Thanksgiving 2018: Why it's not for Indians
Thanksgiving to an American TV series is what Karva Chauth is to an Indian serial — a mechanism to churn out more episodes, more drama.
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American television series taught us Indians plenty of things. Apart from the un-beeped cuss words, which we were not supposed to learn at that tender age, we learnt about the National Football League (while we know almost nothing about Indian football), Superbowl — and Thanksgiving!
We were told that it is a time between Halloween and Christmas, when Americans get together with friends and families in celebration, gratitude and thanksgiving, signifying the harvest festival.
How we came to know of Thanksgiving.
This is a must-have in any American series as it can easily span over a few episodes, and can be repeated year after year — like how Rakhi/Holi/Diwali/Karwa Chauth is to Indian television — our favourite characters messing up with the turkey stuffing of bread crumbs, chopped celery, carrots, onions, chestnuts, bacon or sausage, raisins or apples, etc., or reminiscing their childhood memories of Thanksgiving over fine food and wine.
For many of us, our first tryst with the idea of a whole turkey happened just like that, before we started seeing photographs of US presidents 'forgiving' a chosen turkey ahead of the festivities every year.
Presidential 'pardons' through the ages. (Photo: Reuters)
There are many stories and myths surrounding this: The first Thanksgiving was apparently in 1621, when colonists in Plymouth, Massachusetts, shared a meal with the Wampanoag Indians, who were native to the land. In 1863, then-President Abraham Lincoln declared a national Thanksgiving Day. Many people do not see this as a celebration, however, as the event marks the advent of colonials.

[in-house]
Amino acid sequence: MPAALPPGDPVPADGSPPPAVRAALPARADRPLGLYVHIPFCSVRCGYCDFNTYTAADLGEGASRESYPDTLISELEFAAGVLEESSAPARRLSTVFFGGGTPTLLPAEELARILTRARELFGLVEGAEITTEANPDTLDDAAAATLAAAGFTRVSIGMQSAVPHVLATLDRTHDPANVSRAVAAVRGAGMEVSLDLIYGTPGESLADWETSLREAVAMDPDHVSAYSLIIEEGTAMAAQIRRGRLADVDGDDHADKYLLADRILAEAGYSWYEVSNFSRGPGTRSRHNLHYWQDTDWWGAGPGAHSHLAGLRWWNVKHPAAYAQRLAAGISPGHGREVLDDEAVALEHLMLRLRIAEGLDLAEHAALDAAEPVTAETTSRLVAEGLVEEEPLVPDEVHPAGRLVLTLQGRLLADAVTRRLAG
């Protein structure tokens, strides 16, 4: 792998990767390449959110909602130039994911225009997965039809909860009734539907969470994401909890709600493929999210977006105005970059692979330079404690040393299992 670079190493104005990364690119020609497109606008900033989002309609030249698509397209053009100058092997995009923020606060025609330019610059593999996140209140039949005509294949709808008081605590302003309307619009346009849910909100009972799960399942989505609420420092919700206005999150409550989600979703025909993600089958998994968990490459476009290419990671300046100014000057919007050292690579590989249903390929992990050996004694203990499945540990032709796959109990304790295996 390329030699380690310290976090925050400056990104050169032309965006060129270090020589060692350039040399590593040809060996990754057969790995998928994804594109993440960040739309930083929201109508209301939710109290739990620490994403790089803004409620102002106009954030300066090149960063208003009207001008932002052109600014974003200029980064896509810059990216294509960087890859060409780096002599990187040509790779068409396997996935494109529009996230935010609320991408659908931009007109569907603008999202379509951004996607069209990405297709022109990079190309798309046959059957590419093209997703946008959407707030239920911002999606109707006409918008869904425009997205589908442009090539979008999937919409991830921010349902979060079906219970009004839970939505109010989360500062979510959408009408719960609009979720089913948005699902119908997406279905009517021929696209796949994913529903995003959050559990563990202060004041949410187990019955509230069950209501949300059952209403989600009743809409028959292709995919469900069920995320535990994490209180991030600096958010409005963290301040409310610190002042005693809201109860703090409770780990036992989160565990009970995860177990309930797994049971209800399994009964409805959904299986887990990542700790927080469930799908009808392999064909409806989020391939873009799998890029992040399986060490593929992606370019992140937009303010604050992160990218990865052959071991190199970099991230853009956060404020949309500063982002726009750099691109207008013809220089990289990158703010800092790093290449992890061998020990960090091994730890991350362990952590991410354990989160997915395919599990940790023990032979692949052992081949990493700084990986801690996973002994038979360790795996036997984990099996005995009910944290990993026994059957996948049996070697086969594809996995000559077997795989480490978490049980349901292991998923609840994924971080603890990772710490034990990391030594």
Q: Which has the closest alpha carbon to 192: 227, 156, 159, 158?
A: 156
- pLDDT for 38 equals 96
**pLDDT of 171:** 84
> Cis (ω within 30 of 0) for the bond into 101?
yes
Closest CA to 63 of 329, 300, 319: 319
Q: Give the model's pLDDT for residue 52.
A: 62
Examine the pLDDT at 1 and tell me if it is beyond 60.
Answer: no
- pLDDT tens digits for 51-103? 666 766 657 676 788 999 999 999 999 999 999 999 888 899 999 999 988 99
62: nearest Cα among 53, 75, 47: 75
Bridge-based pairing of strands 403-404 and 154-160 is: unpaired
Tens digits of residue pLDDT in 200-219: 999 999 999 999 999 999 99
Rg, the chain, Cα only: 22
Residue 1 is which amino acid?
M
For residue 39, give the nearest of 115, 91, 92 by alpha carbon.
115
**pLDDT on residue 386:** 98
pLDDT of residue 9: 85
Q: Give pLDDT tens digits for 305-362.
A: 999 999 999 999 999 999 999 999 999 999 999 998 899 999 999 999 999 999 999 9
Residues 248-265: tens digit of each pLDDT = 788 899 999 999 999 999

All this information came after we looked up Thanksgiving, the history of it, long after ruminating over why we don't have any Thanksgiving Day in India.
Not for the faint-hearted!
Here are some 'fictitious' reasons:
We have too many names for the same thing
We will never be able to zero in on a date/day to celebrate the harvest festival. We have Lohri, Makar Sankranti, Bihu, Pongal — all different names in different regions — to celebrate the abundance of harvest. If we have to choose one date to do that, there will be bloodshed on Twitter.
Thank you? We don't do it here
As author Deepak Singh had pointed out in his article, I’ve never thanked my parents for anything, in The Atlantic, saying ‘please’ and ‘thank you’ comes very naturally to Americans. Many Indians may differ, but we don’t really thank our auto drivers, bus drivers (maybe we have started thanking our Uber drivers!). We write a lot of ‘thanks and regards’ in our office emails, but when it comes to personal relationships, a ‘thank you’ may introduce an unwanted element of distance.
Not for Tuesday-Thursday-Saturday Veg people
We are a nation full of ‘today veg’, ‘tomorrow non-veg’, or ‘veg-in-home’, ‘non-veg-outside’ people. So, the turkey is not for the faint-hearted or us!
Who eats pumpkin, broccoli, lettuce?
Vegetarian Thanksgiving would have been an abhorred idea, like that of veg biriyani. Also, who eats pumpkin, broccoli, lettuce? That too, on a national holiday? Indians won’t. Ever.
We don't sit together for food
The idea is to sit together with friends and family members and express gratitude. If we sit together, then who will serve the food? Who will ask if we need something else?
Thank you, Thanksgiving, for existing only on television! And, only in America.